Is Your Cat A Nighttime Chatter? Here Are 5 Tips To Help You Get Some Rest

| Published on May 14, 2016

Your cat is a nocturnal animal because her wildcat ancestors used to hunt under the cloak of darkness. Your domestic cat still maintains the instinctual need to stalk and hunt all night, even though you keep her food bowl full. While it’s completely natural and normal for a cat to explore at night, it can be frustrating when a cat yowls and prevents you from getting the sleep you need.

If the nighttime chatter is new for your cat, your first step should be a trip to the veterinarian to rule out a health issue. A yowling cat may be experiencing pain or discomfort. If you’ve ruled out health issues, here are 5 things you can do to help your cat develop better nighttime habits.

Tim Genda @ Flickr


#1 – Stop Reacting
As far as cats are concerned, nearly all attention is good attention. If you’re reacting to your cat’s chatty nighttime routine (by getting out of bed, petting, talking, feeding, etc.) you’re doing more harm than good and you’re encouraging the behavior. She’ll keep meowing at night if she believes from past experience that you’ll react to it. Instead, implement a strict ‘no reaction’ policy. Don’t reprimand or give positive attention; simply go about your nighttime routine. She may quiet down once she realizes you’re not going to give her the response she’s used to.

dasu_ @ Flickr


#2 – Announce bedtime
Since cats are creatures of habit, it can help to create a routine that she can associate with bedtime. In my house, my cats get treats before I go to bed. This routine is so well established that my cats wait patiently for them when they notice I’m brushing my teeth. The nighttime treats create a defined switch from a bustling day to a quiet night. Your nightly routine doesn’t have to include treats, but it should be consistent. Perhaps you can engage your cat for a session with a wand toy or say a specific phrase every night (being careful to use the same recognizable tone of voice).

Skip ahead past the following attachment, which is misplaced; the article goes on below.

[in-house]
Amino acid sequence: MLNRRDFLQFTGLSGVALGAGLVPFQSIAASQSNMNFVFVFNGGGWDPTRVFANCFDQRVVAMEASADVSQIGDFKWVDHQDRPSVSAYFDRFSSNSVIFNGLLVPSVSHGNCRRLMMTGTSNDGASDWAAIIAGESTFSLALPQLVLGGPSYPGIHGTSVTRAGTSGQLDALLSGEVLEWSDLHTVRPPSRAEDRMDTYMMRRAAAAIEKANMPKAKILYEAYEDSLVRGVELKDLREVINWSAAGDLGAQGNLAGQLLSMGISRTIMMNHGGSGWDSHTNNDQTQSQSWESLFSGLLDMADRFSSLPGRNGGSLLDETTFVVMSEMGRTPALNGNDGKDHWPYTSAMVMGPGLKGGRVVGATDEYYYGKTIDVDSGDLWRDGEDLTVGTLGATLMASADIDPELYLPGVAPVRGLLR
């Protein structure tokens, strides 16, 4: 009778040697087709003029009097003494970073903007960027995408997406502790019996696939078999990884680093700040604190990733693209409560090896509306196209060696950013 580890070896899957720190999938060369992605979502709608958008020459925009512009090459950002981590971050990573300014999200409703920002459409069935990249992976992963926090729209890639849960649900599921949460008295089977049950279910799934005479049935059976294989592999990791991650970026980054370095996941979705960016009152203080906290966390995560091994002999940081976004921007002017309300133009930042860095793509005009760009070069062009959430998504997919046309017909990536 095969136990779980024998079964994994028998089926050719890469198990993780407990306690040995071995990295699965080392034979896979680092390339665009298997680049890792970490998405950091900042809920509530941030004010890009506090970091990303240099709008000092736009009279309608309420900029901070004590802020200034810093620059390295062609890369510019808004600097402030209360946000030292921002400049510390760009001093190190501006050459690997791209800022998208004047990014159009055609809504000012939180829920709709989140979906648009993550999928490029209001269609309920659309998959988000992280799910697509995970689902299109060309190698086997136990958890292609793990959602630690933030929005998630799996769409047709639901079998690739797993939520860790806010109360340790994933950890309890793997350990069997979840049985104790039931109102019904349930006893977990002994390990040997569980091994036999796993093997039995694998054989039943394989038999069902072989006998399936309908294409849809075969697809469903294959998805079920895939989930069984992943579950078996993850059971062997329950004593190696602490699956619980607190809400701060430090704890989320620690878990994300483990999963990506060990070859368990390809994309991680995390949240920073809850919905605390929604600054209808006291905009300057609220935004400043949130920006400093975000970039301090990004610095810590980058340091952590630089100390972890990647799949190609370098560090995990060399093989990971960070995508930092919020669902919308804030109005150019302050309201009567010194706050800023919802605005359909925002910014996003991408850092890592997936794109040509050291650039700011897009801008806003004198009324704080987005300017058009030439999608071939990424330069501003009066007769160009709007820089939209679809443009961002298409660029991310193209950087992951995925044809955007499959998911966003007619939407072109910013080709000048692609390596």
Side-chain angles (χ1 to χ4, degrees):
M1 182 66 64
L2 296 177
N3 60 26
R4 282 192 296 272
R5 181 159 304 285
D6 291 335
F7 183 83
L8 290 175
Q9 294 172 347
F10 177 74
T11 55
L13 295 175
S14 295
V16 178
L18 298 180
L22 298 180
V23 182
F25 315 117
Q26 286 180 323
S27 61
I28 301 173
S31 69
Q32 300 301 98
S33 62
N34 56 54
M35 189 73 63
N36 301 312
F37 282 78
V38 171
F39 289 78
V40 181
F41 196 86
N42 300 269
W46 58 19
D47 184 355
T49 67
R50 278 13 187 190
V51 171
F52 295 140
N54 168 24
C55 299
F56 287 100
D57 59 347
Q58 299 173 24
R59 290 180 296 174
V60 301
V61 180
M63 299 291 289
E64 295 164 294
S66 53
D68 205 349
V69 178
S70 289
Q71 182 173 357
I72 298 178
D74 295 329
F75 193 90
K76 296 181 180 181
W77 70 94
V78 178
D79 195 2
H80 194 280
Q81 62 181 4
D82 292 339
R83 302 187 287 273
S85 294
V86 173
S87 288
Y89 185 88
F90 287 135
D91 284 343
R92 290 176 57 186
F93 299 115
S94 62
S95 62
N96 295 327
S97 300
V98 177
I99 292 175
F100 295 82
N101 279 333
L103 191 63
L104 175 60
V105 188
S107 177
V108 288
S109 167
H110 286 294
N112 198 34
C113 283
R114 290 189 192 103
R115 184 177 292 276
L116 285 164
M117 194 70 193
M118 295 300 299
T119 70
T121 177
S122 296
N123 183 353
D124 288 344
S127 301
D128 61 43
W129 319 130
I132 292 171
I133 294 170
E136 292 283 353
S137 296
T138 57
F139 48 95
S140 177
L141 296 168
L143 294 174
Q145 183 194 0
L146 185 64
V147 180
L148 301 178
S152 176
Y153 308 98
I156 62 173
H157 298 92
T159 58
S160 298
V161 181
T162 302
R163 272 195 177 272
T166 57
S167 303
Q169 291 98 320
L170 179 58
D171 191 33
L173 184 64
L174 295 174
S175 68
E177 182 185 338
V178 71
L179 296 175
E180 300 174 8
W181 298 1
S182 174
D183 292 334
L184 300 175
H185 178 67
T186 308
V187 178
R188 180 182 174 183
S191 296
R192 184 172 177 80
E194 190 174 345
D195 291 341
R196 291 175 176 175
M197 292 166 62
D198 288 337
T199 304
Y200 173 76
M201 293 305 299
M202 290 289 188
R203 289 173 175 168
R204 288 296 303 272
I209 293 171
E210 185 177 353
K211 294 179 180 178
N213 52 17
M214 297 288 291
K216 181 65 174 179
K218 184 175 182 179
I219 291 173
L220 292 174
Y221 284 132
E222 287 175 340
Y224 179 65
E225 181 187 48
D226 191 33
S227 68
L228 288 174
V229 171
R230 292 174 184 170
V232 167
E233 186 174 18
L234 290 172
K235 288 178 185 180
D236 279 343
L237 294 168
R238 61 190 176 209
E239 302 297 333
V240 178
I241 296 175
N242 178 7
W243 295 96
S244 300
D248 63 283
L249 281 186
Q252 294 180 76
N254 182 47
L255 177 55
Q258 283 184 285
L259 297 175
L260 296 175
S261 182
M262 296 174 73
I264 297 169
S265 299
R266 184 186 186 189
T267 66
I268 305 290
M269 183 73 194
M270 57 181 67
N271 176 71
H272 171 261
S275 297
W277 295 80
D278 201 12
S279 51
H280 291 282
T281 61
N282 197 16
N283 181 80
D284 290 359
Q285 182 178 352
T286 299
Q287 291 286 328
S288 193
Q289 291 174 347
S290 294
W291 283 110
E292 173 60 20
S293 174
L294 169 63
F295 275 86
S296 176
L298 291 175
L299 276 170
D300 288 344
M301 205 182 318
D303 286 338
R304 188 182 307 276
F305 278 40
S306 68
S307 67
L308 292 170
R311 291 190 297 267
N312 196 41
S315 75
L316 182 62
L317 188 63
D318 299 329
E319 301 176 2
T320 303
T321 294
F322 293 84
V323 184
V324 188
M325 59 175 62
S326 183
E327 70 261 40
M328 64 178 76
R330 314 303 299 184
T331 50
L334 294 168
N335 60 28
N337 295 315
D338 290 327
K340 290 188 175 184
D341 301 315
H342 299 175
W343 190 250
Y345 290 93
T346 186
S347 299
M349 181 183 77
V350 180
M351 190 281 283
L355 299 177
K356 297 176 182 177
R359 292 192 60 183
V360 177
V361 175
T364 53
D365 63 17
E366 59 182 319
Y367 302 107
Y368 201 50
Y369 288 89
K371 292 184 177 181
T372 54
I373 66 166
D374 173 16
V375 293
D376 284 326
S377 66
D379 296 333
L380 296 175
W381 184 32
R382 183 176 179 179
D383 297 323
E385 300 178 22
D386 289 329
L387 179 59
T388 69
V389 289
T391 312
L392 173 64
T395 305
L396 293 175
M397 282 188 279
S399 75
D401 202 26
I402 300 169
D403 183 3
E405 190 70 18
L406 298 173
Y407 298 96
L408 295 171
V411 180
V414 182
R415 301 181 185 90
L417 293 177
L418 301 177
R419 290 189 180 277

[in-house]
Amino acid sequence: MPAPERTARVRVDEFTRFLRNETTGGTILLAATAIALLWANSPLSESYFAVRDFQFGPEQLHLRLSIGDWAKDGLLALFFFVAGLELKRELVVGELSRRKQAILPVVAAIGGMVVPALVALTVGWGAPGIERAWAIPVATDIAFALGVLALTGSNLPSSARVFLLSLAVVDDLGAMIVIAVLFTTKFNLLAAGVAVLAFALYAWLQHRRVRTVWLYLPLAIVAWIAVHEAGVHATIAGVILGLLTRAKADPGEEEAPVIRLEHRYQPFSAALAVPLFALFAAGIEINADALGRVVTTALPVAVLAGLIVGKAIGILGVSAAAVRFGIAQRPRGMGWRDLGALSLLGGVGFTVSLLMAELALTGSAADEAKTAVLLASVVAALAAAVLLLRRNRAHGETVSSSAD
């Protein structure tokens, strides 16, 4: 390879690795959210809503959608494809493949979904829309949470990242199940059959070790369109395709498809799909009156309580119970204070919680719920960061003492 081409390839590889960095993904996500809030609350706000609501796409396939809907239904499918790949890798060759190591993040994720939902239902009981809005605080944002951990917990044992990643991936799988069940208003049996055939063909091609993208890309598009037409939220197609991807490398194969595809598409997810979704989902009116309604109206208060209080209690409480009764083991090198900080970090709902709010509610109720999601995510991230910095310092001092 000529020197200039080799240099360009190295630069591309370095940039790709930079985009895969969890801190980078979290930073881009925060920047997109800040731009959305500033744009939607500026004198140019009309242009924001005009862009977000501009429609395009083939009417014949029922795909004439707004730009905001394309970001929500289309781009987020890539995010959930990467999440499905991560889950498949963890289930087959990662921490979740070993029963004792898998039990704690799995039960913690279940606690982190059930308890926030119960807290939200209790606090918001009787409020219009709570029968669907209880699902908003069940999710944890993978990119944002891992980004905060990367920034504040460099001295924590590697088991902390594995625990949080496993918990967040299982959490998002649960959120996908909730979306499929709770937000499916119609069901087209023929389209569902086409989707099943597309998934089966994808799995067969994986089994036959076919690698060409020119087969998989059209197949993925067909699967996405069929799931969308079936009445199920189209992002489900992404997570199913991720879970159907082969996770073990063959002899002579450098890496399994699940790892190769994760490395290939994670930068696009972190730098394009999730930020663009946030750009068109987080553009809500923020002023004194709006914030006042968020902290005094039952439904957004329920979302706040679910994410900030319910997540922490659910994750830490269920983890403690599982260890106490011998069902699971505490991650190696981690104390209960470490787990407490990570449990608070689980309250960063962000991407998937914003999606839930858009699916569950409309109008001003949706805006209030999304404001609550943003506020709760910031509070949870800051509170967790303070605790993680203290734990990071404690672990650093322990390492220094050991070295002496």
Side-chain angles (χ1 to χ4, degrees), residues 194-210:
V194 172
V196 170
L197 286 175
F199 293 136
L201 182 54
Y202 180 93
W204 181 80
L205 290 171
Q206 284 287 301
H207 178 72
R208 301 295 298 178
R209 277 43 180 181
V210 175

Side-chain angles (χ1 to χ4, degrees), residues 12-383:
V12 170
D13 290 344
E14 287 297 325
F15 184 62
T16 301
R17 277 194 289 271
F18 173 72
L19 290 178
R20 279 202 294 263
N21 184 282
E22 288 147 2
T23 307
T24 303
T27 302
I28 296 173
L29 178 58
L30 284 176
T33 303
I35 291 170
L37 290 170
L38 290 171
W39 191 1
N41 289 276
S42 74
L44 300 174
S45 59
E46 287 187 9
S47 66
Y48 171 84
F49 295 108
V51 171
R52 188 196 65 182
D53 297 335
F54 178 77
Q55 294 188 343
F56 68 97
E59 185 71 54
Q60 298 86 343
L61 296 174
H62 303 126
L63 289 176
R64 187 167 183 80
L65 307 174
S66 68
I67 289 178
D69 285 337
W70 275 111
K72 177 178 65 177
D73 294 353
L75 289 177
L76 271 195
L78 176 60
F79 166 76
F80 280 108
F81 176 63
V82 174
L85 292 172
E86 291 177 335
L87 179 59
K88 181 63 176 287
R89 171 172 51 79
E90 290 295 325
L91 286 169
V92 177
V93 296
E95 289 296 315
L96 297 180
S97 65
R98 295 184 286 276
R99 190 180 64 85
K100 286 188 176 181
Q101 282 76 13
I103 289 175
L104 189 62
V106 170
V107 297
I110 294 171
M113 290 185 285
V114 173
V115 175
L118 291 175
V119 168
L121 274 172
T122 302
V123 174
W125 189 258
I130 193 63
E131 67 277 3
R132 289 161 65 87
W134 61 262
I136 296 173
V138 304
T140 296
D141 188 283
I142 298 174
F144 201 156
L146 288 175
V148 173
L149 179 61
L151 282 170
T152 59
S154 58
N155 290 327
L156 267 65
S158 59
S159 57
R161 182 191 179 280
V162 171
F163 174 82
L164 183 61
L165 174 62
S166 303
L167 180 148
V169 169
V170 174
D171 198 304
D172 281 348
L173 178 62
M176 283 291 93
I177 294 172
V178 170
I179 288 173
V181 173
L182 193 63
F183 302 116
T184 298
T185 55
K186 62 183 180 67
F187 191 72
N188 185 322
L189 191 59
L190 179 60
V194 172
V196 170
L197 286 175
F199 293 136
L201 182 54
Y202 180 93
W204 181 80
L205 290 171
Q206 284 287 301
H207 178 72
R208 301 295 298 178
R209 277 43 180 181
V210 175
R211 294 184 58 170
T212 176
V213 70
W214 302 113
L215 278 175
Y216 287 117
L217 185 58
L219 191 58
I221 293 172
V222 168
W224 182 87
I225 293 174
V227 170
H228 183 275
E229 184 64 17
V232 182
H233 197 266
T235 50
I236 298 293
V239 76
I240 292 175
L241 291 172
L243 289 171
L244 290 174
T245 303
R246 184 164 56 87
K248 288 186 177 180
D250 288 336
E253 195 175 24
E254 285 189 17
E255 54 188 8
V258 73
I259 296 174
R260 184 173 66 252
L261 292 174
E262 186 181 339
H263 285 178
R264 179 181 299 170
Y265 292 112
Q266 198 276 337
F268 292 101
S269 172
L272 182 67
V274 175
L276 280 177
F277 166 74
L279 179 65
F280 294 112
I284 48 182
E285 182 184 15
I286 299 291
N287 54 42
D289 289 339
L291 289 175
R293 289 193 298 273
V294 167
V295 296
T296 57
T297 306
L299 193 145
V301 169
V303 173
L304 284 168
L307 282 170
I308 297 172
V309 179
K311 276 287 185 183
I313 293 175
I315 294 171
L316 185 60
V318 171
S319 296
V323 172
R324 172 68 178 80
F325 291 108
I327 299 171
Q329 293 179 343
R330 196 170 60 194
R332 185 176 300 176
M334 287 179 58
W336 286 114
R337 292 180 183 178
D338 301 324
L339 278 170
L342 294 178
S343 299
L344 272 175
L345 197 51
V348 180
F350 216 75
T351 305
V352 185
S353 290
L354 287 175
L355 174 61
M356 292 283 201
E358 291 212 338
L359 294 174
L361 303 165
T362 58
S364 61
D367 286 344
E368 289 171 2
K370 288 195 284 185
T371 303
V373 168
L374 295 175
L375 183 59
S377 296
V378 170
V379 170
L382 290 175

Terry Johnston @ Flickr


#3 – Close the door
Some cats need a clearly defined boundary, such as a closed door, to understand that it’s time to quiet down. Establishing this physical boundary can also help you not react when your cat is being loud at night (or at least not let her see that you are reacting, which is the most important part.)

Andrew Butitta @ Flickr


#4 – Feed before bed
You know how you become sleepy after eating a big meal? That happens to cats too. It takes a lot of energy to digest food. Altering the daily feeding routine so you’re giving your cat one of her meals at bedtime can coax her into a nap just as you’re trying to fall asleep yourself.

Robby Green @ Flickr


#5 – Keep your cat active during the day
Cats are naturally more active at night after napping all day. You may be able to alter your cat’s routine into one that’s more compatible with your own by engaging her in more play during the day. If you aren’t around during the day to make this feasible, consider adding an interactive toy to your home to do the work for you.


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